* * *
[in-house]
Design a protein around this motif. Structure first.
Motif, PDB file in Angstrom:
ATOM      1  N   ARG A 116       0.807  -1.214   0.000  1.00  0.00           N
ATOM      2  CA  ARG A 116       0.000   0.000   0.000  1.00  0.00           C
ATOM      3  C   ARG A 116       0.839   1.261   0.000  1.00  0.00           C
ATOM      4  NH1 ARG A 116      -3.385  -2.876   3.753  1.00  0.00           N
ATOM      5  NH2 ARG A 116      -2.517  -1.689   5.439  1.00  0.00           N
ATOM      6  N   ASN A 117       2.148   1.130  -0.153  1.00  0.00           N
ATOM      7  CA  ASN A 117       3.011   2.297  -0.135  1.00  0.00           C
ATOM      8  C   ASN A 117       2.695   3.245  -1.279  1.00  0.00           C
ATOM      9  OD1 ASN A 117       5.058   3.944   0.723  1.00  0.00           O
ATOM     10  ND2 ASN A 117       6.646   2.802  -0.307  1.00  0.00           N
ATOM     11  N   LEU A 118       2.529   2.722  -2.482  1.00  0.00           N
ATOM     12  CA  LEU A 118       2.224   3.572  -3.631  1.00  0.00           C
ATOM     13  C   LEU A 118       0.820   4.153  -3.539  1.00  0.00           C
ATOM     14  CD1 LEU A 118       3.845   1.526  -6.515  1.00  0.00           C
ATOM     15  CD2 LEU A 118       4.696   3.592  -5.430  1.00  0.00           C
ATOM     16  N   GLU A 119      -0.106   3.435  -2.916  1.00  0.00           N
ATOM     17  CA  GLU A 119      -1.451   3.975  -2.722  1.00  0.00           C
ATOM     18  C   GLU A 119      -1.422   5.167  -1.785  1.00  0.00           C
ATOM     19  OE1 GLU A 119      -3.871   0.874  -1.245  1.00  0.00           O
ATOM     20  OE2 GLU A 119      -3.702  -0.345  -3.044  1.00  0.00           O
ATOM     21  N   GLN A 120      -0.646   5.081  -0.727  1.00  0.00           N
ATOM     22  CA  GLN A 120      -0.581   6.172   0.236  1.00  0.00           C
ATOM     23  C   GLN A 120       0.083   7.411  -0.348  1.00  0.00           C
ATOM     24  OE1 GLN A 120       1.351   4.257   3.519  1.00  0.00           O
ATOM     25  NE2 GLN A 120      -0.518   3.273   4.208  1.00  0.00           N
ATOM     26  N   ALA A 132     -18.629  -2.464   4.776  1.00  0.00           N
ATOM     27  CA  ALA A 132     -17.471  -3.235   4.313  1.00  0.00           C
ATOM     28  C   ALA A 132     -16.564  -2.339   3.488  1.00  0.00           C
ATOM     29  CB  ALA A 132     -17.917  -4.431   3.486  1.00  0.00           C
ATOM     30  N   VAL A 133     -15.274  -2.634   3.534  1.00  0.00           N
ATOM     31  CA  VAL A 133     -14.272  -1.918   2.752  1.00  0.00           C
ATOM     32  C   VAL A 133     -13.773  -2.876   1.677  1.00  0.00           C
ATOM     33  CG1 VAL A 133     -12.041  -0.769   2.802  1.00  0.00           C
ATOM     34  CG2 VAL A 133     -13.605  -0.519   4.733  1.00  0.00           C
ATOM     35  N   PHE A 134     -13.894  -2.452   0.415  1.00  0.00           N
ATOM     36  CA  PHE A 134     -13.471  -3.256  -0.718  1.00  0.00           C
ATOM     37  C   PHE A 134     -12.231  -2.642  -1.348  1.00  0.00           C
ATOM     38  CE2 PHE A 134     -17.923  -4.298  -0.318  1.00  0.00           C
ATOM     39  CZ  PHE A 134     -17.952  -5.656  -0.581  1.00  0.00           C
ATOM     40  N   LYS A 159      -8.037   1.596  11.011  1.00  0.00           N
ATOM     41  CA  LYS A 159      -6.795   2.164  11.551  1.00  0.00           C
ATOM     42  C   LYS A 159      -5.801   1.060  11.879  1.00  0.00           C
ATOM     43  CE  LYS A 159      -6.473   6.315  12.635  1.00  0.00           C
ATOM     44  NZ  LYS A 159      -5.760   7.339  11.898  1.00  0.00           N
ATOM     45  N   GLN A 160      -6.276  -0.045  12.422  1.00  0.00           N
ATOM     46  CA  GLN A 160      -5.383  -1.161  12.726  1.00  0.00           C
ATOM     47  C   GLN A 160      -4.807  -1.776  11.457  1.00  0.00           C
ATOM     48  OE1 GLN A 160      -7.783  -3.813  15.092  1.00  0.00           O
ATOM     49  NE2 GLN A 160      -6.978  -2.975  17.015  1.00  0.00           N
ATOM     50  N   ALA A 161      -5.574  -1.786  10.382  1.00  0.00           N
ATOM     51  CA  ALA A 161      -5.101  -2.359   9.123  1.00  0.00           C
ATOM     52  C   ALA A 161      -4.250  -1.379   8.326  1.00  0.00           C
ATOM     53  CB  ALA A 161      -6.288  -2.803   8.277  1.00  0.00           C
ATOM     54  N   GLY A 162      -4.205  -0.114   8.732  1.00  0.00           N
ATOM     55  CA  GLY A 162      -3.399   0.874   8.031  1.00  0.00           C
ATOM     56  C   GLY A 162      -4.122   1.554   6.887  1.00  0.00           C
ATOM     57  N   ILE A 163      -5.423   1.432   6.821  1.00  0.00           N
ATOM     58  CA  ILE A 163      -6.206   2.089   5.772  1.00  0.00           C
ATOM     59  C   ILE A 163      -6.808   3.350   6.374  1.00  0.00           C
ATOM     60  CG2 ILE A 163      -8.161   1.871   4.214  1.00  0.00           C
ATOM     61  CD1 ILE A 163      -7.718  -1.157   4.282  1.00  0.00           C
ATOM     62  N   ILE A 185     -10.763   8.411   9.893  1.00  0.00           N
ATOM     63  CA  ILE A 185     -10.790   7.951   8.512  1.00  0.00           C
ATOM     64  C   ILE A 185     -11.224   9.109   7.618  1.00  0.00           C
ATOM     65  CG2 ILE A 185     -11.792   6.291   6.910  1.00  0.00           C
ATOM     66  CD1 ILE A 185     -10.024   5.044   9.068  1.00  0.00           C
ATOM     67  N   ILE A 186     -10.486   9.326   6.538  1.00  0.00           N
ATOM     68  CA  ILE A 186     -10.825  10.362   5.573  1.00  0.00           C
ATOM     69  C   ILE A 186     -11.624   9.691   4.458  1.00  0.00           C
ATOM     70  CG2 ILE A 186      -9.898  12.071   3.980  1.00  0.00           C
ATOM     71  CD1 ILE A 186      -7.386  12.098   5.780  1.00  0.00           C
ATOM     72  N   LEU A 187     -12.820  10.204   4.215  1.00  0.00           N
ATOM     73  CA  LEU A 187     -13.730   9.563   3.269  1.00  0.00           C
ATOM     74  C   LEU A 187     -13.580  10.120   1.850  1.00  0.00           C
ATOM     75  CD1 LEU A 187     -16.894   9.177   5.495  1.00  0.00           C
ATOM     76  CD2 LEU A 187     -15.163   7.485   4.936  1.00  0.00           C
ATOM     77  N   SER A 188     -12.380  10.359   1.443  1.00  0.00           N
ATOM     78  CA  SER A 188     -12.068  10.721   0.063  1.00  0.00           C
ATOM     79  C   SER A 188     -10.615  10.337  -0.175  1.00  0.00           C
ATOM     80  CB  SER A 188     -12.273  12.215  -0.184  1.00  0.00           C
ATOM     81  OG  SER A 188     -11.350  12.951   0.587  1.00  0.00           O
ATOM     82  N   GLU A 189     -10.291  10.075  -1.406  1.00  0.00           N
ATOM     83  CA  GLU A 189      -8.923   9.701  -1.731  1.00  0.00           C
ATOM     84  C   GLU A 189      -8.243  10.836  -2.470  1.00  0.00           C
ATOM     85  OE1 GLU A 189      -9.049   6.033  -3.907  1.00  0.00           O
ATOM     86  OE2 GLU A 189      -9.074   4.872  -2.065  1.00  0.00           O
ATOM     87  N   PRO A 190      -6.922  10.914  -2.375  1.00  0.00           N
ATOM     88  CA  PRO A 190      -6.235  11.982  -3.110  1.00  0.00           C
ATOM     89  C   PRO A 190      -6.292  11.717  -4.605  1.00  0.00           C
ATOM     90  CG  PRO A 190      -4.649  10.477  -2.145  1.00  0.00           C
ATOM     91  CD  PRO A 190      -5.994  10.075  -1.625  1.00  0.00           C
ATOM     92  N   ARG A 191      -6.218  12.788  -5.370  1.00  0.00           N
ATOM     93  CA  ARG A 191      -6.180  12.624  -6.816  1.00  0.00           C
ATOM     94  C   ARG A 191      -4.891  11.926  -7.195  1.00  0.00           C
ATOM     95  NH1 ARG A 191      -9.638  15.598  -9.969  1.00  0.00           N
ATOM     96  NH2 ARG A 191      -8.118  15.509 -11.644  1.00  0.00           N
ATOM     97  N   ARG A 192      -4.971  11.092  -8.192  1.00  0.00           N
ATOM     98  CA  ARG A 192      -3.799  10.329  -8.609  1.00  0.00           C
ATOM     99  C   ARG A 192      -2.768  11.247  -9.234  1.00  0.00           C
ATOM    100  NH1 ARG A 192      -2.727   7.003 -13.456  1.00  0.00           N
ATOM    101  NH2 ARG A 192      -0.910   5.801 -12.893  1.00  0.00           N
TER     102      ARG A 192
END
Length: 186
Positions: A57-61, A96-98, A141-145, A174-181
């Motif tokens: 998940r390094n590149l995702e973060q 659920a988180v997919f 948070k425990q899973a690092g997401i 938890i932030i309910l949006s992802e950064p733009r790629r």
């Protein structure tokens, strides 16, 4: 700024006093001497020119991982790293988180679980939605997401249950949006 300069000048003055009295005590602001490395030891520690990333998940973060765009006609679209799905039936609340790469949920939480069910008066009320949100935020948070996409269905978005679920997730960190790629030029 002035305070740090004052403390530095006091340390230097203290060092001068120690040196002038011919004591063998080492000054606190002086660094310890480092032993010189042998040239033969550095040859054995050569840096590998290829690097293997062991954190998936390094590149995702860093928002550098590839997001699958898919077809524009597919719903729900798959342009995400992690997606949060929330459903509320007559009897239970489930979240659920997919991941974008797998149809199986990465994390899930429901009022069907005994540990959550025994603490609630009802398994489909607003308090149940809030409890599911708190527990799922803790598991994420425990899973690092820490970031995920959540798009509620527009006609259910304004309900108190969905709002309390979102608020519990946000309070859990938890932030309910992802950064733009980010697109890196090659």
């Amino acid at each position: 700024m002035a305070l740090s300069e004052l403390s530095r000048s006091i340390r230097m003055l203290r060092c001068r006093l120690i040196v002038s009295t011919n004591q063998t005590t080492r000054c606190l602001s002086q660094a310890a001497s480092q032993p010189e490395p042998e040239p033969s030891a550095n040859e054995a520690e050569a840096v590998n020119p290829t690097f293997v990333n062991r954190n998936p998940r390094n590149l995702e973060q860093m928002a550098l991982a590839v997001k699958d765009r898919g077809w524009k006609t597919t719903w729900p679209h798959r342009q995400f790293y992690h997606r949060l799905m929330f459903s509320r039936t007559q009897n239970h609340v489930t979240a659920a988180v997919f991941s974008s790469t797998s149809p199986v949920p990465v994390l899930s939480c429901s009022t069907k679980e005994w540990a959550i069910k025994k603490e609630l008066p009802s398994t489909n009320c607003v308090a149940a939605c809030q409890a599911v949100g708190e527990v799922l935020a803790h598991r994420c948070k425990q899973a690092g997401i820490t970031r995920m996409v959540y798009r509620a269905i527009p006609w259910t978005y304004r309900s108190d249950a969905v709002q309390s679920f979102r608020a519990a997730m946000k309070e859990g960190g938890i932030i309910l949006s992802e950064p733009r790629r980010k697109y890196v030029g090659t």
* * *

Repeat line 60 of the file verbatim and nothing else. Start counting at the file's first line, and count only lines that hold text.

ATOM     57  N   ILE A 163      -5.423   1.432   6.821  1.00  0.00           N